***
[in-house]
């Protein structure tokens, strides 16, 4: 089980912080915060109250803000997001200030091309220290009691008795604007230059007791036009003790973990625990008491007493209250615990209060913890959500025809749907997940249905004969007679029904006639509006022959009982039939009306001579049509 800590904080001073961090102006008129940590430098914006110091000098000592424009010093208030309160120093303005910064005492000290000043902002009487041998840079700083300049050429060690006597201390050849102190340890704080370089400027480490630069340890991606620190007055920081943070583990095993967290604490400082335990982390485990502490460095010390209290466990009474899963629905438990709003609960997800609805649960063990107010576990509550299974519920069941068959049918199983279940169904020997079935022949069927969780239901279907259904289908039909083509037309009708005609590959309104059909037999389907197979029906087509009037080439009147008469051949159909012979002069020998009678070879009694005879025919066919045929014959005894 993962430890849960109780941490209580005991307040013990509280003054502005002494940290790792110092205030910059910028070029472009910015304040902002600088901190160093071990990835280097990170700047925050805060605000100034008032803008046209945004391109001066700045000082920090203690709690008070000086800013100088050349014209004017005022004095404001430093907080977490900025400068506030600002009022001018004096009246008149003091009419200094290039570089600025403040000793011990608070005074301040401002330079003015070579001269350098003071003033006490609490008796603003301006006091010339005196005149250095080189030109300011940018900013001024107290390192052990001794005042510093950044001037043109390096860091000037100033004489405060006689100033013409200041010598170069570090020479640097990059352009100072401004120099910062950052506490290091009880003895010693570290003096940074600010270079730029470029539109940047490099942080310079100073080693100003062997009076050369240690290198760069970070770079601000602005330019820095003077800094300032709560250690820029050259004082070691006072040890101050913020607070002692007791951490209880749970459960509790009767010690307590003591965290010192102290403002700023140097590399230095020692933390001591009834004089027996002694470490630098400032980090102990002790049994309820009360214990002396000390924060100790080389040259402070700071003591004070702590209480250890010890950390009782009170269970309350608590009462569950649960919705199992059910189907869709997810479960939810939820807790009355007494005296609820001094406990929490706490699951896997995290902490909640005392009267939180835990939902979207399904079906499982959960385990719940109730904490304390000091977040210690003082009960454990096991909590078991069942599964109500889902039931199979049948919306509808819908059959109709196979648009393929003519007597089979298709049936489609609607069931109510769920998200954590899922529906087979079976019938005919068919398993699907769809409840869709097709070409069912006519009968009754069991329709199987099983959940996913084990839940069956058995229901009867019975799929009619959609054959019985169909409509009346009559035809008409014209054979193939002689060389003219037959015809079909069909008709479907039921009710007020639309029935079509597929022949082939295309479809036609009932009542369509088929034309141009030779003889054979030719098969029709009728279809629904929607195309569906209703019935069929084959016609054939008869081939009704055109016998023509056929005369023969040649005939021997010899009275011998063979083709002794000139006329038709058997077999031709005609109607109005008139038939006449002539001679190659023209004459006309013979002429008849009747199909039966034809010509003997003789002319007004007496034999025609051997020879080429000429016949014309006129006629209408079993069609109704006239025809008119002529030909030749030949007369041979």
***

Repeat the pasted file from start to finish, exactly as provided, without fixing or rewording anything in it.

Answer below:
[in-house]
């Protein structure tokens, strides 16, 4: 089980912080915060109250803000997001200030091309220290009691008795604007230059007791036009003790973990625990008491007493209250615990209060913890959500025809749907997940249905004969007679029904006639509006022959009982039939009306001579049509 800590904080001073961090102006008129940590430098914006110091000098000592424009010093208030309160120093303005910064005492000290000043902002009487041998840079700083300049050429060690006597201390050849102190340890704080370089400027480490630069340890991606620190007055920081943070583990095993967290604490400082335990982390485990502490460095010390209290466990009474899963629905438990709003609960997800609805649960063990107010576990509550299974519920069941068959049918199983279940169904020997079935022949069927969780239901279907259904289908039909083509037309009708005609590959309104059909037999389907197979029906087509009037080439009147008469051949159909012979002069020998009678070879009694005879025919066919045929014959005894 993962430890849960109780941490209580005991307040013990509280003054502005002494940290790792110092205030910059910028070029472009910015304040902002600088901190160093071990990835280097990170700047925050805060605000100034008032803008046209945004391109001066700045000082920090203690709690008070000086800013100088050349014209004017005022004095404001430093907080977490900025400068506030600002009022001018004096009246008149003091009419200094290039570089600025403040000793011990608070005074301040401002330079003015070579001269350098003071003033006490609490008796603003301006006091010339005196005149250095080189030109300011940018900013001024107290390192052990001794005042510093950044001037043109390096860091000037100033004489405060006689100033013409200041010598170069570090020479640097990059352009100072401004120099910062950052506490290091009880003895010693570290003096940074600010270079730029470029539109940047490099942080310079100073080693100003062997009076050369240690290198760069970070770079601000602005330019820095003077800094300032709560250690820029050259004082070691006072040890101050913020607070002692007791951490209880749970459960509790009767010690307590003591965290010192102290403002700023140097590399230095020692933390001591009834004089027996002694470490630098400032980090102990002790049994309820009360214990002396000390924060100790080389040259402070700071003591004070702590209480250890010890950390009782009170269970309350608590009462569950649960919705199992059910189907869709997810479960939810939820807790009355007494005296609820001094406990929490706490699951896997995290902490909640005392009267939180835990939902979207399904079906499982959960385990719940109730904490304390000091977040210690003082009960454990096991909590078991069942599964109500889902039931199979049948919306509808819908059959109709196979648009393929003519007597089979298709049936489609609607069931109510769920998200954590899922529906087979079976019938005919068919398993699907769809409840869709097709070409069912006519009968009754069991329709199987099983959940996913084990839940069956058995229901009867019975799929009619959609054959019985169909409509009346009559035809008409014209054979193939002689060389003219037959015809079909069909008709479907039921009710007020639309029935079509597929022949082939295309479809036609009932009542369509088929034309141009030779003889054979030719098969029709009728279809629904929607195309569906209703019935069929084959016609054939008869081939009704055109016998023509056929005369023969040649005939021997010899009275011998063979083709002794000139006329038709058997077999031709005609109607109005008139038939006449002539001679190659023209004459006309013979002429008849009747199909039966034809010509003997003789002319007004007496034999025609051997020879080429000429016949014309006129006629209408079993069609109704006239025809008119002529030909030749030949007369041979």